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Necessary???…

The new, Suunto Core-Extreme Edition Everest, “All-In-One Outdoor Sports Instrument for the Vertically Inclined!”

Is a wrist top computer watch a necessary item for the backcountry hunter? The truth…probably not. But it sure is nice to have one. After all, none of us died before the advent of this little piece of technology. When you’re sitting high atop a ridge line in the head of the Grey’s River and a storm front looks to be building on the horizon is sure is nice to know how far down you have to climb to the creek bottom, what time the sun is going to set, is the barometer plunging or will you wake up without an alarm in the morning to get on that 200-inch buck before the sun comes up.

And that is just some of the useful characteristics of this type of instrument. Along with all of the normal watch functions. I just bought a new Suunto Core Everest edition watch. My old Suunto Vector was getting a bit worse for the wear, after well over 2,000 days of continual use and was about due for an upgrade. After reading an article in a past issue of Backpacker Magazine I was sold on the new version of my digital hunting partner. The new Core Everest is a limited edition of only 8,848 which un-coincidentally happens to be the elevation of Mount Everest in meters. This bad boy will run you about $400 bones but well worth the money given the watch’s functions and upgrades. Beyond the time and date needed for punching your tags this not so little sucker will; tell you your elevation, give your altitude and barometric pressure, has a digital compass, give your net altitude change, measure your depth underneath the surface of a lake, give a storm alarm warning, give the sunrise and sunset times, wake-up alarm, and give the temperature all along the way. Not to mention the case full of trophies and awards this watch has won. And for good luck the signature of Apa Sherpa is on the bottom of the watch. For those of you who don’t know, Apa holds the world record for the most summits of Mount Everest at a current summit count of twenty times. Unbelievable!!!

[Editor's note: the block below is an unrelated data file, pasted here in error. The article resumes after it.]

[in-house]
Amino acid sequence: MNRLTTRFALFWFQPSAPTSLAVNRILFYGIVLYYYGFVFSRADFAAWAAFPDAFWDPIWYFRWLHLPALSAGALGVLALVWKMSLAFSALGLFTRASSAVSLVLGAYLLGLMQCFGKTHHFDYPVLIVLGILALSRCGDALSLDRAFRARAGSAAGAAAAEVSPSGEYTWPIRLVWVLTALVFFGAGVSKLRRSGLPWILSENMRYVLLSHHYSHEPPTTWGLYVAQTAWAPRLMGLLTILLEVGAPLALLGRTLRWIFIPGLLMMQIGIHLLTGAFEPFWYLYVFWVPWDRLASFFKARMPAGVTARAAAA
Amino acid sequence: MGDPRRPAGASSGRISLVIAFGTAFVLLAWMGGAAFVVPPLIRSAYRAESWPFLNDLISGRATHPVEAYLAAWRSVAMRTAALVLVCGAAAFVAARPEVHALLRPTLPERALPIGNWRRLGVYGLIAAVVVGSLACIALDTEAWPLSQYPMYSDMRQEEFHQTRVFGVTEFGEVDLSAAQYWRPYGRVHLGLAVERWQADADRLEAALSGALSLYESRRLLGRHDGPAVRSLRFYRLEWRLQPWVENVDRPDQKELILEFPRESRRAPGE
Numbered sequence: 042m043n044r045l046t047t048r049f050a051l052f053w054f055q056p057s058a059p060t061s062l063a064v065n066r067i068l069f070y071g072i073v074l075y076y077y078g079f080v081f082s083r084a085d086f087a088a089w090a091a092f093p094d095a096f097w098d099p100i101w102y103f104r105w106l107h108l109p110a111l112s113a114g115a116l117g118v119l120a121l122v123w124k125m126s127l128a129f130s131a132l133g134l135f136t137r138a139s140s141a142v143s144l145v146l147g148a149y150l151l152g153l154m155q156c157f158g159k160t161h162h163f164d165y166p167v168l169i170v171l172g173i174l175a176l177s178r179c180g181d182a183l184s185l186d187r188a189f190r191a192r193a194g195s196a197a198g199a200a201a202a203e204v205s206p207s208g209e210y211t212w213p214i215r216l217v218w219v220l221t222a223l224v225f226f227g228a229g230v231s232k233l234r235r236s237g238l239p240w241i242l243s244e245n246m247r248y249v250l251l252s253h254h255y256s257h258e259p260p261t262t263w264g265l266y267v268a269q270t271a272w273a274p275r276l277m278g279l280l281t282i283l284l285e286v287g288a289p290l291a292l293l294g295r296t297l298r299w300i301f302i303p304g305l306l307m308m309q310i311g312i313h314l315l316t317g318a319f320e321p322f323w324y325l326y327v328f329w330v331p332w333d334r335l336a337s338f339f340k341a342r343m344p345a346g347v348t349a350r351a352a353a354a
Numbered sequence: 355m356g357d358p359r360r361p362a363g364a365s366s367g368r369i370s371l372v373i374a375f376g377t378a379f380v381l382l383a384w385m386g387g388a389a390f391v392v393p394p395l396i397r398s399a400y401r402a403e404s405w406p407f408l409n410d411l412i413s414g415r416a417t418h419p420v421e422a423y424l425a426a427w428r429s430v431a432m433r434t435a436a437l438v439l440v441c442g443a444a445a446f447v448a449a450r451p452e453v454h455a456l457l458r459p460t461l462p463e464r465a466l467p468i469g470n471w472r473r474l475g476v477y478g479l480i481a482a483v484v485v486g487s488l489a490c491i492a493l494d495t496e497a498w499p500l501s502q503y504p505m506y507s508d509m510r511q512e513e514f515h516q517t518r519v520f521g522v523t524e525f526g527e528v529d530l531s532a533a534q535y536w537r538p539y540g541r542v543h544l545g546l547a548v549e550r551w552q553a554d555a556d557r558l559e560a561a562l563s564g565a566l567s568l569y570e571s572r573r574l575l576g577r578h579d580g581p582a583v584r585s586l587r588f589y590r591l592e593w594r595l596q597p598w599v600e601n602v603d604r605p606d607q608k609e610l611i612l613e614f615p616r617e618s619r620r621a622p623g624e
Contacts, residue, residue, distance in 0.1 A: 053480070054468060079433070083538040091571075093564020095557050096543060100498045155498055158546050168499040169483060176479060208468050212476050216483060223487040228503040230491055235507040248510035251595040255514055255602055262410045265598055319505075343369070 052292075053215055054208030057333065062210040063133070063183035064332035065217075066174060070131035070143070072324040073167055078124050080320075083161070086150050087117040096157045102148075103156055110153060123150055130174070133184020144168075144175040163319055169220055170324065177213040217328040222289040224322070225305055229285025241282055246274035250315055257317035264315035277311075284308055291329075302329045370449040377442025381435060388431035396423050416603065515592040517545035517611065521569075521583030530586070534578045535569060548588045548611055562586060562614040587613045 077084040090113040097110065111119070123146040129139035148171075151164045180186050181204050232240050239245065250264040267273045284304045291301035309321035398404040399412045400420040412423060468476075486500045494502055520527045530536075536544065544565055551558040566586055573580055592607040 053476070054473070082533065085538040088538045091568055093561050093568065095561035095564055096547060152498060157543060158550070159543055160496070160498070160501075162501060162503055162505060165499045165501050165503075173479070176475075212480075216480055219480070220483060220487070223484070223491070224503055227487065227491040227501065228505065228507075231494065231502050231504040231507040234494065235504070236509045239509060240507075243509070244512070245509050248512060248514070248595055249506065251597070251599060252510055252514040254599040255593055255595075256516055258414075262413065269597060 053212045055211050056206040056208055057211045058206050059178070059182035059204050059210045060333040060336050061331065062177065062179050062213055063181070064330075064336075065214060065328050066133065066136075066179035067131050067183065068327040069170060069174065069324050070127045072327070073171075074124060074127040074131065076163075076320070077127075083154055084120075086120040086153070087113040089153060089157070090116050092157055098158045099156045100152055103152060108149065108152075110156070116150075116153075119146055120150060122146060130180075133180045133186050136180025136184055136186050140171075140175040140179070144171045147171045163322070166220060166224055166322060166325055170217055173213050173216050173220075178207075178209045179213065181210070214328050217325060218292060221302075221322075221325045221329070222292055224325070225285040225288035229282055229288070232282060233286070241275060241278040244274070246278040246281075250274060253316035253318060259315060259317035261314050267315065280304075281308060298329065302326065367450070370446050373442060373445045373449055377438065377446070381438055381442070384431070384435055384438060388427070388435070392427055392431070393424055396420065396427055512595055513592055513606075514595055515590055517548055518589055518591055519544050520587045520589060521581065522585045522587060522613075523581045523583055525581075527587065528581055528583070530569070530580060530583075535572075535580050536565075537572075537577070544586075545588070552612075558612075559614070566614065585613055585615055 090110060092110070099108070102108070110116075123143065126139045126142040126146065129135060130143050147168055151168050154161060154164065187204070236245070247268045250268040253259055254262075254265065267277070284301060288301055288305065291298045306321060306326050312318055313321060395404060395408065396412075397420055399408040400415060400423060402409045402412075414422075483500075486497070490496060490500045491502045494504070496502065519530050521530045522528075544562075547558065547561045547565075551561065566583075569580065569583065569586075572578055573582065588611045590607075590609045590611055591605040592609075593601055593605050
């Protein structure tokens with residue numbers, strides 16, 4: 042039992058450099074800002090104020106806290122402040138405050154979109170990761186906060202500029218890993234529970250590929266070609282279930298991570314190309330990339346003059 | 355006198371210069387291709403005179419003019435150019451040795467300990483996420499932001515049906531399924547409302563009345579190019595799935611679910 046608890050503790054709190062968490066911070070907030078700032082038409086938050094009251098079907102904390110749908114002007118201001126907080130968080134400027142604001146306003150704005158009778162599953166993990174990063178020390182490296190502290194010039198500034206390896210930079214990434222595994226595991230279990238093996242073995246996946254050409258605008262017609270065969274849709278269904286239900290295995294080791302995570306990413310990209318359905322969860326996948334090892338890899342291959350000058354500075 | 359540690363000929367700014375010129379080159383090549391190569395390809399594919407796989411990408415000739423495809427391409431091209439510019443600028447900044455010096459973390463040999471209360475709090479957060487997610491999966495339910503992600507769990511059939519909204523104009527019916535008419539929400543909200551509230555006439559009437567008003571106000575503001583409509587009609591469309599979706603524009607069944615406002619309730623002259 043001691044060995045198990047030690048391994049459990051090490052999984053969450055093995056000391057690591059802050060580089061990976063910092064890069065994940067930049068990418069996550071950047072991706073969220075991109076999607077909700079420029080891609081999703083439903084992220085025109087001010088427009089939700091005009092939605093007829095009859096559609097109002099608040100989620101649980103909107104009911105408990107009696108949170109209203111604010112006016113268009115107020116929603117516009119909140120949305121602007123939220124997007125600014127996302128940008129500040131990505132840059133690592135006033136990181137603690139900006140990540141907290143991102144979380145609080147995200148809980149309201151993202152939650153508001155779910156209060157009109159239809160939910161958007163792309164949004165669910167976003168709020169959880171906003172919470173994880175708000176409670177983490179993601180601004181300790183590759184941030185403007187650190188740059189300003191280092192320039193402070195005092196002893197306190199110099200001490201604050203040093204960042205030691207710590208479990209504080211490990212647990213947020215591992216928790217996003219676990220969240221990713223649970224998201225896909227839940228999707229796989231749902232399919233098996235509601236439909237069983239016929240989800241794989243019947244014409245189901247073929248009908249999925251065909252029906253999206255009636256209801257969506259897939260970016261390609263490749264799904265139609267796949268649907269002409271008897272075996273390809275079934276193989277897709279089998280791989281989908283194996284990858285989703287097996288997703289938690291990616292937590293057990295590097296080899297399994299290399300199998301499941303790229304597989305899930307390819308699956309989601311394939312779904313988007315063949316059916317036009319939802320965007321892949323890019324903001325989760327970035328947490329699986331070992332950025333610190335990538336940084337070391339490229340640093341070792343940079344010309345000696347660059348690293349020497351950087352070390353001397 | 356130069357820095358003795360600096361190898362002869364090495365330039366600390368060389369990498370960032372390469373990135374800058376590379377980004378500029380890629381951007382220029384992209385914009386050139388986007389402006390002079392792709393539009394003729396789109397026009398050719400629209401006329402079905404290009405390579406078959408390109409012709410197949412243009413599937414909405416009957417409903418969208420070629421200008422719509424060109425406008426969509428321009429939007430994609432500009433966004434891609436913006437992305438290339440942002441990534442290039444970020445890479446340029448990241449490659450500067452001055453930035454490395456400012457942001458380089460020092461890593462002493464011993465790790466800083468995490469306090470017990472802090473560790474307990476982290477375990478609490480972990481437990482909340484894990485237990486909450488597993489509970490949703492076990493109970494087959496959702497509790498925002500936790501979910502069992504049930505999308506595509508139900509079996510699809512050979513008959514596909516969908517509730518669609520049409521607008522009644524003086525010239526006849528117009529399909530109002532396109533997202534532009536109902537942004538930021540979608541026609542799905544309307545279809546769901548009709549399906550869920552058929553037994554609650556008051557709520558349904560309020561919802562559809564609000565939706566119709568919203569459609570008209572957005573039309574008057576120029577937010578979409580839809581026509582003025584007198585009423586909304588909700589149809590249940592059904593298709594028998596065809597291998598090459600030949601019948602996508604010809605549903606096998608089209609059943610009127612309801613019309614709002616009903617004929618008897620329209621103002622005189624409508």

So far this watch has been everything it’s cracked up to be and more. The functionality of the menus and user friendliness has been seriously improved versus the older version as is the aluminium bezel and improved wrist strap design. The readout and backlight are much better than the old version as well.

I have no doubt that this little devil will be on my wrist this fall and hopefully will be with me for another six long hunting seasons just like its older brother was.

I have had the good fortune to try more than a few watches in my career and I always seem to come back to my trusty old Suunto. And the best part…it’s only available in EASTMANS’ ORANGE!!!

For more information check out backcountry.com for more information and user reviews.

Guy

The new limited edition Suunto Core Everest. This one is number 1015 of 8848.The new Suunto Core, Extreme Edition Everest. “The All-In-One Outdoor Sports Instrument For The Vertically Inclined.”